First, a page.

Second, ****2(d), 2(e)**** electronically filed tax returns on which the Form W-2 identification number was apparently changed from the number appearing on the original Form W-2.  The IRS processed an estimated 84,000 TY 2001 Forms 1040 filed with an ITIN that reported wages and refunded $121 million; it rejected only 119 of these returns.

In all likelihood, the Form W-2 identification numbers were changed between the time the Forms W-2 were issued by the employer and the time the tax returns were electronically filed with the IRS.  As a result, using ITINs on Forms W-2 submitted with electronically filed tax returns may raise concerns over potential violations of tax statutes similar to concerns that may arise when two different identification numbers are used on paper filed tax returns.

****2(d), 2(e)****

Why Form W-2 identification is changedNot surprisingly, electronic filers usually were assisted by IRS-authorized Electronic Return Providers (ERP) and, on occasion, by the IRS’ own employees and volunteers, as shown in Table 1.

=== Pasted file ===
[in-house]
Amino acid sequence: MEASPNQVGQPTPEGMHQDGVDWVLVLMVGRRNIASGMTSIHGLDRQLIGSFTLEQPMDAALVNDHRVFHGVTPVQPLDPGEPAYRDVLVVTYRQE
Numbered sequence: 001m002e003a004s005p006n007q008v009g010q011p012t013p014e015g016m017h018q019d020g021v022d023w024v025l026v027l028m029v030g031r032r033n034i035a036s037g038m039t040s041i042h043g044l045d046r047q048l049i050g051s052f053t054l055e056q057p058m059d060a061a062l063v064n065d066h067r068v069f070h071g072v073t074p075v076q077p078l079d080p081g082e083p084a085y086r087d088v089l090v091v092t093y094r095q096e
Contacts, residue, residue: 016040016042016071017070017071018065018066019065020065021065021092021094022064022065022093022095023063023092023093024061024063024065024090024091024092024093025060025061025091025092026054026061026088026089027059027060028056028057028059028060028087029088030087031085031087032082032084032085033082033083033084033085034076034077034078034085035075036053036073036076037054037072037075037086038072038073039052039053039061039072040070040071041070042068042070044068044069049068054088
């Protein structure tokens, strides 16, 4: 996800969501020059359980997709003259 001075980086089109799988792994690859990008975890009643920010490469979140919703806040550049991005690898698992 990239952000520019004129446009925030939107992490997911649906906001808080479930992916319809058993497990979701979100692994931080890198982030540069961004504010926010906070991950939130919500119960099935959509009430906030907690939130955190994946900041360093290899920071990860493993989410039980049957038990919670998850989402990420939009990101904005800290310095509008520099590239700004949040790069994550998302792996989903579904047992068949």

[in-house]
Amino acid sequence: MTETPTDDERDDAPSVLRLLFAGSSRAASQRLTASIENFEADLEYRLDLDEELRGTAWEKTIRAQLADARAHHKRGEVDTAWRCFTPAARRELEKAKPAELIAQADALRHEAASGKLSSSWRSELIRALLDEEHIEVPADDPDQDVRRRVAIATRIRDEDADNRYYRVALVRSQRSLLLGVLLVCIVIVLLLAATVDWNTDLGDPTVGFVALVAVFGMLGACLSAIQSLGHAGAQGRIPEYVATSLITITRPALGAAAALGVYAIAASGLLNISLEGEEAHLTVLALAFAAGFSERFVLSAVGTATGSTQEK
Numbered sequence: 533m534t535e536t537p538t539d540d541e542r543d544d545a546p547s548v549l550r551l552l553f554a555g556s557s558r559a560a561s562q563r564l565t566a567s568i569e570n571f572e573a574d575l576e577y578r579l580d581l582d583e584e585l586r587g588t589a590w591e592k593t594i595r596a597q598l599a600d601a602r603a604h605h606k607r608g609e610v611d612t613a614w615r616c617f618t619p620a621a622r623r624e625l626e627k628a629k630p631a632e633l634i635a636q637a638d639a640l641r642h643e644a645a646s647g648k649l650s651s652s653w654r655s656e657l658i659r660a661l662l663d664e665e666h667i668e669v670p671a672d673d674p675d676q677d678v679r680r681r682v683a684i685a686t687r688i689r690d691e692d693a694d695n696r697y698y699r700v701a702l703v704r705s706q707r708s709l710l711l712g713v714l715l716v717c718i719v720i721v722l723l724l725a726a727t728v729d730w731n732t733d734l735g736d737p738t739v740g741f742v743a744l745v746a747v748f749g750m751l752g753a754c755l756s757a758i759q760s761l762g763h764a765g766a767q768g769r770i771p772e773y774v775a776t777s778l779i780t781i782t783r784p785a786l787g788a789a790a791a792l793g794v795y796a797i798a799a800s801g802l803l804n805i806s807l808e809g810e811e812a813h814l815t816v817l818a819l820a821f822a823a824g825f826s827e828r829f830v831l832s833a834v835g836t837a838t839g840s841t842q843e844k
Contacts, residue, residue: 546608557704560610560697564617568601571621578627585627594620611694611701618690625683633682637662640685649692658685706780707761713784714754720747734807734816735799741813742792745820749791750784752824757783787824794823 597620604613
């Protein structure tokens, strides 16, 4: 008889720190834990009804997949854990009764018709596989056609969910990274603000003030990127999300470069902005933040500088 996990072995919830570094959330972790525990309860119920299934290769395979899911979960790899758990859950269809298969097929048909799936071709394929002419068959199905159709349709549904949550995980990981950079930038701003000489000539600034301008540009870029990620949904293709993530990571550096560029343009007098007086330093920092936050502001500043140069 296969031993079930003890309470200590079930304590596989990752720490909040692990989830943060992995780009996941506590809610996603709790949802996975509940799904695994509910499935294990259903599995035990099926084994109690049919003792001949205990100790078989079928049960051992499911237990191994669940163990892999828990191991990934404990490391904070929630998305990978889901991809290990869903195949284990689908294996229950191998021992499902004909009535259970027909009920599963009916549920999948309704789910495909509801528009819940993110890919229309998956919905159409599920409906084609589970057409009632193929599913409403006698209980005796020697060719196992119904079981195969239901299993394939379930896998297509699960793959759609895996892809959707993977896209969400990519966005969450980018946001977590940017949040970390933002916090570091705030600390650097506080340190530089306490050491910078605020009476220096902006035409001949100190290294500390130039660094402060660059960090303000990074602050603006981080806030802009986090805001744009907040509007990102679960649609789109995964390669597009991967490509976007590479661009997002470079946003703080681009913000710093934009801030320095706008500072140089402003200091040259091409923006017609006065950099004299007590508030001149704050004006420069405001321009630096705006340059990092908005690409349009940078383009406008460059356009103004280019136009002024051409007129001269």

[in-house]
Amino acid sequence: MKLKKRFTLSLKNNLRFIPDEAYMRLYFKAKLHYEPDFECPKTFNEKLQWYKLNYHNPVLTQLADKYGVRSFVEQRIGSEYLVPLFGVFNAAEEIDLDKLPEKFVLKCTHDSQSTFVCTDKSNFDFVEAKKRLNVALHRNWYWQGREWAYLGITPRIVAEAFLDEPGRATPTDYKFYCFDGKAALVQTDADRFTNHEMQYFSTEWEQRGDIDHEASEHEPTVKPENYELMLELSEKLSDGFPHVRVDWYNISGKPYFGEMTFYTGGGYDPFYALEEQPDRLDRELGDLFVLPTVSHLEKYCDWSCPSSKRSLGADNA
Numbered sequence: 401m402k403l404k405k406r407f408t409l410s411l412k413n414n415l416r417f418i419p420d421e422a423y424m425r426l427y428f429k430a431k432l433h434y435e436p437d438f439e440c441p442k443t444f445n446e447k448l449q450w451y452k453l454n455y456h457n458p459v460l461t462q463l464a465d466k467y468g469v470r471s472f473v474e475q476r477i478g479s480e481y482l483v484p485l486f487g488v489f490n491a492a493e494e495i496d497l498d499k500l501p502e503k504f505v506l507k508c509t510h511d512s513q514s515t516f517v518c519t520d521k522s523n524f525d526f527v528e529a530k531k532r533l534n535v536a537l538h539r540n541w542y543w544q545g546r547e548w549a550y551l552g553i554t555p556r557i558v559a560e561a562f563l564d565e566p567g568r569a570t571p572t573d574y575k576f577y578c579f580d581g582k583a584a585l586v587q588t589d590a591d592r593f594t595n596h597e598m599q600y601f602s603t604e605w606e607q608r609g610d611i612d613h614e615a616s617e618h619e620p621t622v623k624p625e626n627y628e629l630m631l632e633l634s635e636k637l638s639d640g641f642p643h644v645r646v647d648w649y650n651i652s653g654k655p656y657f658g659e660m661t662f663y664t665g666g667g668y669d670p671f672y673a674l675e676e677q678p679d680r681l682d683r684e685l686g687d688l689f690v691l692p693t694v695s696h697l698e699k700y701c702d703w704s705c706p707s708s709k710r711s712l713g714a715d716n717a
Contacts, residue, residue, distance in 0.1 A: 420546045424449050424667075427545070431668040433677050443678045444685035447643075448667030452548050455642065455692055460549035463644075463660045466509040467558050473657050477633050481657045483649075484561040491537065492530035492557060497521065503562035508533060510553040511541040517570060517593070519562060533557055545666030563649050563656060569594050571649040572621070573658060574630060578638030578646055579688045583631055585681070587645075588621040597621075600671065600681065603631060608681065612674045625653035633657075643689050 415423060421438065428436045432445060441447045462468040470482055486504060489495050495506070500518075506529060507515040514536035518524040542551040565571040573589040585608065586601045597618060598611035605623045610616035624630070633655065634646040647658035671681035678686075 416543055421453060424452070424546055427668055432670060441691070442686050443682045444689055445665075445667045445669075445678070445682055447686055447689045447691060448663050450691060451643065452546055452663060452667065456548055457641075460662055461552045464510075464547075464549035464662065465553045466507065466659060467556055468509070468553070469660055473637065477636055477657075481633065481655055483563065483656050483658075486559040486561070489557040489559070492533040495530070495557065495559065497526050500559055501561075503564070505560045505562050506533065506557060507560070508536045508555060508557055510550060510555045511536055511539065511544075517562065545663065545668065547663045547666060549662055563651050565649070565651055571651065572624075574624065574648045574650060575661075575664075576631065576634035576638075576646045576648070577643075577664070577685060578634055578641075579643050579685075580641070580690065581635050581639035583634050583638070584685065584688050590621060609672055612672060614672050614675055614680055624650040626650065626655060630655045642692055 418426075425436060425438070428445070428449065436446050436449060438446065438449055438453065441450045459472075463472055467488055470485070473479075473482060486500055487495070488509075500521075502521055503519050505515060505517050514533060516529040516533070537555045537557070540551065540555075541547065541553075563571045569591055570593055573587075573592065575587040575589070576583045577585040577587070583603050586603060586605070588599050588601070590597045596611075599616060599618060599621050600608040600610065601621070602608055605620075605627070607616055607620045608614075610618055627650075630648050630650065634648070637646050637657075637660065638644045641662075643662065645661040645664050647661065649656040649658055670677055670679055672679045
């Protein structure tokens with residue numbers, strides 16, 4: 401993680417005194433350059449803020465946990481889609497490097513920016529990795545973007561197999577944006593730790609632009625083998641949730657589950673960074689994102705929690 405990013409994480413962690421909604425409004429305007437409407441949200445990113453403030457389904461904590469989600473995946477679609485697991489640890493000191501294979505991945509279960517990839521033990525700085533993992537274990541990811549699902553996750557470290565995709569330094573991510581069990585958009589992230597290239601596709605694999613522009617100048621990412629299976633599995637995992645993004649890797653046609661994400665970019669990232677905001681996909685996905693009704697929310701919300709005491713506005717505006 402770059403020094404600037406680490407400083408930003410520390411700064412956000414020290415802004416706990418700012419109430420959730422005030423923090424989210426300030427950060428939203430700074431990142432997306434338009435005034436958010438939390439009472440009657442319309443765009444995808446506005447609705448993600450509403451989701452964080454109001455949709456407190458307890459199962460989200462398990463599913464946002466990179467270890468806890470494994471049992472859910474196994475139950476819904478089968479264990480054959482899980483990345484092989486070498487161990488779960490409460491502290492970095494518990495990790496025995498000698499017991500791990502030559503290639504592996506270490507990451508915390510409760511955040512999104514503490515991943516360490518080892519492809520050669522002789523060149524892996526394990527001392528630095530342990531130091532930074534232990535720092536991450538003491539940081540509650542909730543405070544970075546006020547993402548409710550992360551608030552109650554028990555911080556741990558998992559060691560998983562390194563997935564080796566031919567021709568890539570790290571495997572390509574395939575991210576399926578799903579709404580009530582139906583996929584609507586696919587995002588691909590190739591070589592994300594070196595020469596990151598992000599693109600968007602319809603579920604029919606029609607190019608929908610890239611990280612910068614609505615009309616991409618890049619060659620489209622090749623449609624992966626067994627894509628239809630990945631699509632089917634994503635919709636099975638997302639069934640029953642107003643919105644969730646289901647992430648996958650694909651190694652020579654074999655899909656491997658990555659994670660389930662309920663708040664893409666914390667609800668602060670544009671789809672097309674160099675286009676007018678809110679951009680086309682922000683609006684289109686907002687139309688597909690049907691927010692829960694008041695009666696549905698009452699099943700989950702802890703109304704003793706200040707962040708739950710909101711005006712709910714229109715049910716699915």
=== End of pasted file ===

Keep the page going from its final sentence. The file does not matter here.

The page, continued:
Table 1:  Electronic Filing Assistance Provided on TY 2001 Forms 1040 With an ITIN

Table 1 was removed due to its size.  To see Table 1, please go to the Adobe PDF version of the report on the TIGTA Public Web Page.

These Forms W-2 were filed with incorrect identification numbers for several reasons.  The IRS advised the ERPs not to alter Form W-2 information and to confirm the identity and identification number of the taxpayer.  The IRS also indicated that it would not accept a tax return for electronic processing when the identification number on Form W-2 does not match the identification number on Form 1040.  However, to file electronically, the Form W-2 identification number must be changed or the IRS will not accept the return for processing.

In addition, IRS employees and volunteers did not follow instructions to prepare only paper returns.  The IRS stated that preparing electronic tax returns would involve changing the identification number on the Form W-2.